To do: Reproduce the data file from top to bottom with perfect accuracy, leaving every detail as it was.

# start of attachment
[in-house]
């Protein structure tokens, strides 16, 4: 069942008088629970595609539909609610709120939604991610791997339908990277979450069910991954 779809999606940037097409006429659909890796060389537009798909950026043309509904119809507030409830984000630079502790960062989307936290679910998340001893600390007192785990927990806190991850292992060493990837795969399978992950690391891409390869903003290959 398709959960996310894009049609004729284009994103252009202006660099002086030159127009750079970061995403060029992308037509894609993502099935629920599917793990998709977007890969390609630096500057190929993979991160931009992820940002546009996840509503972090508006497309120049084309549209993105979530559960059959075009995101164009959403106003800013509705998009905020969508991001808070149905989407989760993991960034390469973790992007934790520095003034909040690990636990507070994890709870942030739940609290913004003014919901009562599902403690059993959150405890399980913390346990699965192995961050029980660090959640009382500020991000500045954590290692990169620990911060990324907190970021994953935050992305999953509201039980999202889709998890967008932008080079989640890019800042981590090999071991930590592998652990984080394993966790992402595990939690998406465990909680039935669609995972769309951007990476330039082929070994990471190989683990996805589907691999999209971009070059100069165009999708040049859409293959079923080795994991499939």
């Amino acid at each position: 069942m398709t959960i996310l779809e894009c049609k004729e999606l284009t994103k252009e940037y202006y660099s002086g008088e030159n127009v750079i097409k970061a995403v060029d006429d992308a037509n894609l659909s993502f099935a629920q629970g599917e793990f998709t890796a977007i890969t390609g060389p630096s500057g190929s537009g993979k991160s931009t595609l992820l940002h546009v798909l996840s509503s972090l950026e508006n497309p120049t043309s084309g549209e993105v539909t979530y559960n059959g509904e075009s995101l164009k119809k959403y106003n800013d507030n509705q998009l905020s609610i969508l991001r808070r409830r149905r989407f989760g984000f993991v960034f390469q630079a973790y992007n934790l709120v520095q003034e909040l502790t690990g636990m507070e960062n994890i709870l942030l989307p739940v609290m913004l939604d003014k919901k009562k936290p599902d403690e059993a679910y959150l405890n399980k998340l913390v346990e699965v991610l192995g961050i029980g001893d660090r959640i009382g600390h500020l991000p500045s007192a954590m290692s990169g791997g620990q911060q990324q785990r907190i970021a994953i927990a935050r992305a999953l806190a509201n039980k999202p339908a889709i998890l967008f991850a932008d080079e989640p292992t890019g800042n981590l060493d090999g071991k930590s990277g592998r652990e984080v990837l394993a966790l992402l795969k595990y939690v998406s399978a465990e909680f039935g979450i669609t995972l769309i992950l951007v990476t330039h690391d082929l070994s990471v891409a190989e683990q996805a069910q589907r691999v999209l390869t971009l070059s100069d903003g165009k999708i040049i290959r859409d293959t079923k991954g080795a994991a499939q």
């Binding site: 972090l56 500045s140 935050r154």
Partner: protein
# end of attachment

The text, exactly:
[in-house]
């Protein structure tokens, strides 16, 4: 069942008088629970595609539909609610709120939604991610791997339908990277979450069910991954 779809999606940037097409006429659909890796060389537009798909950026043309509904119809507030409830984000630079502790960062989307936290679910998340001893600390007192785990927990806190991850292992060493990837795969399978992950690391891409390869903003290959 398709959960996310894009049609004729284009994103252009202006660099002086030159127009750079970061995403060029992308037509894609993502099935629920599917793990998709977007890969390609630096500057190929993979991160931009992820940002546009996840509503972090508006497309120049084309549209993105979530559960059959075009995101164009959403106003800013509705998009905020969508991001808070149905989407989760993991960034390469973790992007934790520095003034909040690990636990507070994890709870942030739940609290913004003014919901009562599902403690059993959150405890399980913390346990699965192995961050029980660090959640009382500020991000500045954590290692990169620990911060990324907190970021994953935050992305999953509201039980999202889709998890967008932008080079989640890019800042981590090999071991930590592998652990984080394993966790992402595990939690998406465990909680039935669609995972769309951007990476330039082929070994990471190989683990996805589907691999999209971009070059100069165009999708040049859409293959079923080795994991499939």
């Amino acid at each position: 069942m398709t959960i996310l779809e894009c049609k004729e999606l284009t994103k252009e940037y202006y660099s002086g008088e030159n127009v750079i097409k970061a995403v060029d006429d992308a037509n894609l659909s993502f099935a629920q629970g599917e793990f998709t890796a977007i890969t390609g060389p630096s500057g190929s537009g993979k991160s931009t595609l992820l940002h546009v798909l996840s509503s972090l950026e508006n497309p120049t043309s084309g549209e993105v539909t979530y559960n059959g509904e075009s995101l164009k119809k959403y106003n800013d507030n509705q998009l905020s609610i969508l991001r808070r409830r149905r989407f989760g984000f993991v960034f390469q630079a973790y992007n934790l709120v520095q003034e909040l502790t690990g636990m507070e960062n994890i709870l942030l989307p739940v609290m913004l939604d003014k919901k009562k936290p599902d403690e059993a679910y959150l405890n399980k998340l913390v346990e699965v991610l192995g961050i029980g001893d660090r959640i009382g600390h500020l991000p500045s007192a954590m290692s990169g791997g620990q911060q990324q785990r907190i970021a994953i927990a935050r992305a999953l806190a509201n039980k999202p339908a889709i998890l967008f991850a932008d080079e989640p292992t890019g800042n981590l060493d090999g071991k930590s990277g592998r652990e984080v990837l394993a966790l992402l795969k595990y939690v998406s399978a465990e909680f039935g979450i669609t995972l769309i992950l951007v990476t330039h690391d082929l070994s990471v891409a190989e683990q996805a069910q589907r691999v999209l390869t971009l070059s100069d903003g165009k999708i040049i290959r859409d293959t079923k991954g080795a994991a499939q």
């Binding site: 972090l56 500045s140 935050r154």
Partner: protein